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Firewalls have been part of computer security in some form since the 1980s. Borrowing their name from the literal walls that are designed to confine fires to avoid them spreading, a computer firewall acts as a virtual barrier that stands between a trusted network and an untrusted one, such as the internet.
Broadly speaking, firewalls work by monitoring and controlling any network traffic that’s either coming or going, according to a set of predetermined rules. Firewalls frequently filter out dangerous (or potentially dangerous) traffic, as well as carrying out proxying, port blocking, and IP and domain name blocking.
As with every area of computing, firewalls have come a long way since their inception. The technology continues to develop according to not just changing technological capabilities, but also in response to new threats and — particularly appropriate in pandemic times — new workplace demands. It’s here that tools like Firewall-as-a-Service (FWaaS) enter the picture.
Enter Next-gen Alternatives
To cope with such changes, companies deploying firewall solutions have developed Next-Generation Firewalls (NGFW). A Next-Generation Firewall carries out the “traditional” applications you’d expect to find in a firewall, but augments this with other abilities — such as being able to block application layer attacks and assorted types of advanced malware. Some of the advanced features you’d expect to find in a NGFW include application awareness and the ability to both see and block applications that pose a risk, integrated intrusion prevention, threat intelligence sources, and techniques for addressing security threats as they evolve.
One particularly powerful type of next-gen firewall is what is known as FWaaS, which refers to a cloud-based firewall that’s hosted by a third-party vendor instead of on the premises of an organization. For this reason it’s also sometimes called a cloud firewall, and is accessed via the internet.
FWaaS has many advantages over legacy firewall solutions — which, believe it or not, continue to be utilized by many in the industry. There are three major advantages to FWaaS which have greatly increased its usage among those who need state-of-the-art firewall capabilities.
Advantages of FWaaS
One advantage involves firewall capacity. Where the protection legacy firefall appliances offer is limited to their physical capacity, FWaaS is far more elastic in its offerings. This means that, rather than making organizations choose between security and cost efficiency (because protecting increased traffic loads can mean having to upgrade offerings), users of FWaaS can scale their cloud infrastructure according to the demands of that moment. As convenient as it would be if demand was predictably consistent, the reality is that organizations experience demand in bursts. What is therefore required from an effective 21st century firewall service is one that will allow the organization to absorb these traffic bursts when required — and without costing the user a massive premium in upgrades in order to accommodate.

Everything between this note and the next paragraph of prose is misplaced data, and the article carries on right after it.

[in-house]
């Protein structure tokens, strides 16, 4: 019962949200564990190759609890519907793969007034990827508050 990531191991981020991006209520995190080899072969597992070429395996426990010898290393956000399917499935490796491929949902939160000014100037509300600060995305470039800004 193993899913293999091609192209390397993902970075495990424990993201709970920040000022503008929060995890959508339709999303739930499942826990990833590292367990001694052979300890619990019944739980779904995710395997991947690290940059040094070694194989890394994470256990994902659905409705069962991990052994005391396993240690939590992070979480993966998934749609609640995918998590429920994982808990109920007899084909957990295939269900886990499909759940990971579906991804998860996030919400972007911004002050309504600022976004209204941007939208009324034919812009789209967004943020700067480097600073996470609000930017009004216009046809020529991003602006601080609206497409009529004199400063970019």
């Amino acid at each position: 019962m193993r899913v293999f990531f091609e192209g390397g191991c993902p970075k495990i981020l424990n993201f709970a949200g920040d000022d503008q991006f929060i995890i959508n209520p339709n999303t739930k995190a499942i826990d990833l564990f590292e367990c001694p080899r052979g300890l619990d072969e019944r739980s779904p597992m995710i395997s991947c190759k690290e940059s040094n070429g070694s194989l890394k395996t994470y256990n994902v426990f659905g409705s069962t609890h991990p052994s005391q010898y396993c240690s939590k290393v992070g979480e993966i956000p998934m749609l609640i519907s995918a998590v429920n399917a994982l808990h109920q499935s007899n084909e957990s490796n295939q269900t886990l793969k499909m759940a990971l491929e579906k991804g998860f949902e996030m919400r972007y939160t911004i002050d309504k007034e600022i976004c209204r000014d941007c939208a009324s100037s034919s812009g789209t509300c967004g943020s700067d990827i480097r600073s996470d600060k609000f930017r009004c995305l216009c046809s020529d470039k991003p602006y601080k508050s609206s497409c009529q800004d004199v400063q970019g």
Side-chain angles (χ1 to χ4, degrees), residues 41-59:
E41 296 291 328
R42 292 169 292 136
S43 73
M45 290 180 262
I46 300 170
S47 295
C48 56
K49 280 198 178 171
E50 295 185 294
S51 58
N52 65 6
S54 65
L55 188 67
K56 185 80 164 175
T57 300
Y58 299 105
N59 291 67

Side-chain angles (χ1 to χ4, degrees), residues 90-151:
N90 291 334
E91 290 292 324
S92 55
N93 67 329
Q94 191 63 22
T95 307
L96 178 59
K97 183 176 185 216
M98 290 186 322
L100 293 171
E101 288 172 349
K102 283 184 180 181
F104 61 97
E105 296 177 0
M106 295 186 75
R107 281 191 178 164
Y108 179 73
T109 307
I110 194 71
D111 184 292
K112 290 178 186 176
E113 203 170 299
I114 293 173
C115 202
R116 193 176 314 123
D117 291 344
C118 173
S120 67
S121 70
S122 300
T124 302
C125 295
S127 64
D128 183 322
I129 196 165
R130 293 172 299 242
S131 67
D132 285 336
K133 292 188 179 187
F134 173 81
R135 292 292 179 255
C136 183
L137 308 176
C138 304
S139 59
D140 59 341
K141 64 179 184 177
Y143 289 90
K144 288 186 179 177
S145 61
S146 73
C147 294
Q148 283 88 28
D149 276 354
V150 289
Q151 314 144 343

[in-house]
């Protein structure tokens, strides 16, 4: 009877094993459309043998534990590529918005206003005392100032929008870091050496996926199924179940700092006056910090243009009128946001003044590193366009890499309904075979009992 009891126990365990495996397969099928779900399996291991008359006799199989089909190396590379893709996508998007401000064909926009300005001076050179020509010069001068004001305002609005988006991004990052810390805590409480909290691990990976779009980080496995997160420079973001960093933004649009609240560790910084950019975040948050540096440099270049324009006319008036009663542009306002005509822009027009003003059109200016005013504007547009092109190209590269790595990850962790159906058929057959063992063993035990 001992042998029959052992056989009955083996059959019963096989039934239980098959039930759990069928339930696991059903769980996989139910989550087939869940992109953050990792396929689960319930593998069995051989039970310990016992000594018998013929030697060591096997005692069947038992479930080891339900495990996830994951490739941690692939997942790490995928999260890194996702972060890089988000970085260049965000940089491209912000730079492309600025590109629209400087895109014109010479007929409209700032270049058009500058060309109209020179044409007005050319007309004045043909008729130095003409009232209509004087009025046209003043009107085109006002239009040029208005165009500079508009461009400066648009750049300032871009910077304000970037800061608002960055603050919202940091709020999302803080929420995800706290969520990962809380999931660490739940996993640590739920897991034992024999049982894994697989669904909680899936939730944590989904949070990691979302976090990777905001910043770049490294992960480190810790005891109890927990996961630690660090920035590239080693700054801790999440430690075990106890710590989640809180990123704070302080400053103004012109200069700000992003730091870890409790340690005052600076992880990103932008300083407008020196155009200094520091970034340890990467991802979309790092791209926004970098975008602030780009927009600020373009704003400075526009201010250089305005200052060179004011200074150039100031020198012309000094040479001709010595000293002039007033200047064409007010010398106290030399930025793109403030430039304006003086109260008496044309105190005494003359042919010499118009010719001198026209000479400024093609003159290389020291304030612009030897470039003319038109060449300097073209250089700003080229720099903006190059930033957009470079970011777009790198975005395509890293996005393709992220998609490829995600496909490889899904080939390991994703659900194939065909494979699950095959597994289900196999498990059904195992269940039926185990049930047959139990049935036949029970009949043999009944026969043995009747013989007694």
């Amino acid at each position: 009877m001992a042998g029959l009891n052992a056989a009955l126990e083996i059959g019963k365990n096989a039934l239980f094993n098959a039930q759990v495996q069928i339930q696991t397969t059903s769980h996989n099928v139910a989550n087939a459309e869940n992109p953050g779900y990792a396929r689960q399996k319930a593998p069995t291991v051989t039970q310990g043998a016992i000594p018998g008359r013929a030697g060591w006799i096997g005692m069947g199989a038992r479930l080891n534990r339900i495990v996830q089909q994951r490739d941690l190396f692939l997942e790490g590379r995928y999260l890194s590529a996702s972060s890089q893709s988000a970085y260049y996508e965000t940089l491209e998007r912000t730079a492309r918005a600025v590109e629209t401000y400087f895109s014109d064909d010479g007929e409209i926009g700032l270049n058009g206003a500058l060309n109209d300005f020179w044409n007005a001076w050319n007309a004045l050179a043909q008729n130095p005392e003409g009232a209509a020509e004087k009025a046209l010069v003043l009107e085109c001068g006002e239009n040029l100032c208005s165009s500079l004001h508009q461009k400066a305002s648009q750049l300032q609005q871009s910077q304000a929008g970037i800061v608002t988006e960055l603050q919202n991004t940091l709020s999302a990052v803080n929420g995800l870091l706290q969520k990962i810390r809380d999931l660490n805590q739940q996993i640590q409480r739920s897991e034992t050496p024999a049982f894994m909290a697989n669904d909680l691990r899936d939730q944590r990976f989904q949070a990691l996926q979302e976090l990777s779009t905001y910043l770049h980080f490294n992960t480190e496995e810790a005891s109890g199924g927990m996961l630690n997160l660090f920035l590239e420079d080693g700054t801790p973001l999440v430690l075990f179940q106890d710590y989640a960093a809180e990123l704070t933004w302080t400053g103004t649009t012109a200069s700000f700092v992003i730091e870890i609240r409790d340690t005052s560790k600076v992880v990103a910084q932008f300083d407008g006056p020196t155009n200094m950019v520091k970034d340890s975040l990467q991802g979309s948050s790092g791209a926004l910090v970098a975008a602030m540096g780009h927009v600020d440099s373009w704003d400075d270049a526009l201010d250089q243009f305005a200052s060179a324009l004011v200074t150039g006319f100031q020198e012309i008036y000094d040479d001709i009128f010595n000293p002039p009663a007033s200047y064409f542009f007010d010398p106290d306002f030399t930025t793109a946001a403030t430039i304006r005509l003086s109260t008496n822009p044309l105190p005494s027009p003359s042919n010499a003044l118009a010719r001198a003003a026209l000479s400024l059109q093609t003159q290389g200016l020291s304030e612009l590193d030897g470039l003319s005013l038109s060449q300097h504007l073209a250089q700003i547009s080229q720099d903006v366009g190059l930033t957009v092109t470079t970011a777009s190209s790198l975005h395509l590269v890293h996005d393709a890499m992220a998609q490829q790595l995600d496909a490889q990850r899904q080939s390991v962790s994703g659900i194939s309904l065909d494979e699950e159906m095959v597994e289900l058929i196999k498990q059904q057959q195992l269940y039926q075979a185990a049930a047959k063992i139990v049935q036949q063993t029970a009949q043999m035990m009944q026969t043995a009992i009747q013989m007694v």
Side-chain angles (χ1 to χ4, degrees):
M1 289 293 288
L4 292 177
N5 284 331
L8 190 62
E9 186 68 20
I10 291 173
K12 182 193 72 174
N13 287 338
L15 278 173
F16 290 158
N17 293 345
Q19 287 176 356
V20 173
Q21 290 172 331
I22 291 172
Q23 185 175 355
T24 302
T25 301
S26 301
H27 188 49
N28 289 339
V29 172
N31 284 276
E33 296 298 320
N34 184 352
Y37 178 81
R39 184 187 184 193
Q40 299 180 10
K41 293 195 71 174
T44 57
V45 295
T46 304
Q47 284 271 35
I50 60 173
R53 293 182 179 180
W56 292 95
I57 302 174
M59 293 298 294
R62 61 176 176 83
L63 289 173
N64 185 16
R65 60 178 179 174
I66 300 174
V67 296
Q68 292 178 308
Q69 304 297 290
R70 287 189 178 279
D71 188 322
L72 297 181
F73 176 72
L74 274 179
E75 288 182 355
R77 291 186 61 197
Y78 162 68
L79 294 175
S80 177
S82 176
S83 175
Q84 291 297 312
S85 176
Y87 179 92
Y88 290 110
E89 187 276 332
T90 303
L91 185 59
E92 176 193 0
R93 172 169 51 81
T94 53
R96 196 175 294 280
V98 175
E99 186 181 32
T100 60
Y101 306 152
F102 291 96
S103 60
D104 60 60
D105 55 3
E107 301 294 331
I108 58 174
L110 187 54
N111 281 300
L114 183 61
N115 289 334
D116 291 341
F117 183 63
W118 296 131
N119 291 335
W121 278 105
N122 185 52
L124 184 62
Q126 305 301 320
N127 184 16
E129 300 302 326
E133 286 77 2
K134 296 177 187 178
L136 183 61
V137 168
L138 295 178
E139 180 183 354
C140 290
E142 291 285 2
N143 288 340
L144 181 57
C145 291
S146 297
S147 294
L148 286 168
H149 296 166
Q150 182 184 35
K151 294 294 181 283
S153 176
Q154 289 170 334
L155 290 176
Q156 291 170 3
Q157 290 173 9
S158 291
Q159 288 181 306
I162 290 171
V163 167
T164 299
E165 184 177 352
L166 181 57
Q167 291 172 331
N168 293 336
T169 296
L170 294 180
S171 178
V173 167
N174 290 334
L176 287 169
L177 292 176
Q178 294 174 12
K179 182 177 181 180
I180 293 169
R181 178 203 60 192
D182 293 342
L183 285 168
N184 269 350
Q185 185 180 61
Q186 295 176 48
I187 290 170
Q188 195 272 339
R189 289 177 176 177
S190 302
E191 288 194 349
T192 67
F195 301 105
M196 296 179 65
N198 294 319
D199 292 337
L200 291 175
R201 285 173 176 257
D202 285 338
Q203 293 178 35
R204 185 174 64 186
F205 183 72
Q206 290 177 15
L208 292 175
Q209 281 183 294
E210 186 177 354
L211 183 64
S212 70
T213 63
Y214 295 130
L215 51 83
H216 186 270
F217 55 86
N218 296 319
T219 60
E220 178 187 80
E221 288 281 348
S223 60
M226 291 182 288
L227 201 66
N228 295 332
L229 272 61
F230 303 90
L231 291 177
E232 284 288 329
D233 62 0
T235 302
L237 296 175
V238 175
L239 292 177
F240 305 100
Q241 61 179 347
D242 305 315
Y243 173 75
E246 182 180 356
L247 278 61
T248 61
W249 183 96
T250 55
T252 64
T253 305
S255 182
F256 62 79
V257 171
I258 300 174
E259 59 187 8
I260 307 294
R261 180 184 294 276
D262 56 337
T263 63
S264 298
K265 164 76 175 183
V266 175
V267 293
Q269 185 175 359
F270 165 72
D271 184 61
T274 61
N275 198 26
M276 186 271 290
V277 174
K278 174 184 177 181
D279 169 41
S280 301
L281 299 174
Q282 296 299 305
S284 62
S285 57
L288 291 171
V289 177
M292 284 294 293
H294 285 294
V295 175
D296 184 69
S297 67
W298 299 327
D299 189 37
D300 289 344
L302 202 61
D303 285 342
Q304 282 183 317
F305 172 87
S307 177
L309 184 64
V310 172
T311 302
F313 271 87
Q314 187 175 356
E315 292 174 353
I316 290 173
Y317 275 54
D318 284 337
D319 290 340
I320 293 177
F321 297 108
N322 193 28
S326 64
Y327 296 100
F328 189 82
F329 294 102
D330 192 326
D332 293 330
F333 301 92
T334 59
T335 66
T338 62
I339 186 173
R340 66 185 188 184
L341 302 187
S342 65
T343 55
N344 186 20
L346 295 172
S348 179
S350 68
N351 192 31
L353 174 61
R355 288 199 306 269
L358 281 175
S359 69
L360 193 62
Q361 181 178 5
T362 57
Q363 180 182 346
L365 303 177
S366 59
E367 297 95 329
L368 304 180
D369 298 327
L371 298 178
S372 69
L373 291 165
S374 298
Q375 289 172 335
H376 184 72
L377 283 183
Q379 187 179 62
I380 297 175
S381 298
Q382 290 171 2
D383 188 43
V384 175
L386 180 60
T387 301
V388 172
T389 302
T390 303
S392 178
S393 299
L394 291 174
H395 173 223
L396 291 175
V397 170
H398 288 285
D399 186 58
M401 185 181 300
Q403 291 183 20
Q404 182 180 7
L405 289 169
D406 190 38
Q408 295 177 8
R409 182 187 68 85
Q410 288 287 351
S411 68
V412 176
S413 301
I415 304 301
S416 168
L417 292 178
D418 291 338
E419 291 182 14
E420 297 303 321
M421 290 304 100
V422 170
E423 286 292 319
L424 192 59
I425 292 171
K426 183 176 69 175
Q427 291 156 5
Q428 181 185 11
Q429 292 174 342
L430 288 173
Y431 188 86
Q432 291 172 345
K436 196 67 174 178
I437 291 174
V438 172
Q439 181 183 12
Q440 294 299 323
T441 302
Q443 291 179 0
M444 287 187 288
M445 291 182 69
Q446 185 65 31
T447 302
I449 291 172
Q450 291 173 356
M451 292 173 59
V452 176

Ease of Management
A second benefit of FWaaS is its ease of management. Legacy firewalls require manual sizing, patching, configuring, and deployment. This makes streamlined management and ease of use a major challenge. FWaaS, on the other hand, is maintained by the service provider, who can manage the service policy in a way that saves on time. Since issues like configuration and patching problems can cause bigger headaches than just wasted time (read: think major security lapses), this isn’t just a time-saver, but also potentially substantially more.
One third advantage of FWaaS relates to security posture. This refers to the overall readiness of an organization’s cybersecurity capabilities — including visibility of the security status of its various hardware and software assets, and the measures in place to detect and respond to attacks. As with ease of management, legacy DIY systems required a big dose of IT involvement — with internal teams having to assess the relevance and impact of new signatures from IPS (intrusion prevention system) vendors, then test them on live traffic, before deploying them. Much of the time these wound up being ignored by overworked IT teams without the capacity to properly utilize them.
There’s no such problem with FWaaS, however. Once again, providers will evaluate emerging threats on the cyber security landscape, then build, test, and deploy the new rules. Users have to do nothing other than benefit from the enhanced security on offer.
FWaaS is a game-changer. However, it’s only one of myriad game-changers that are currently transforming the way that cyber security is practiced as experts build security systems and tools designed to safeguard for the future.
FWaaS is one part of SASE next-generation security. For those unfamiliar with it, SASE stands for Secure Access Service Edge. It combines FWaaS capabilities with zero trust network access (ZTNA), CASB (cloud access security broker), cloud SWG (secure web gateway), WaaPaaS (web API protection as a service), and secure network capabilities like SD-WAN.
SASE is shifting the world of cybersecurity in a big way. FWaaS represents a key part of that. By deploying these tools, organizations can benefit from a level of protection and security that would have been unthinkable just a few years ago.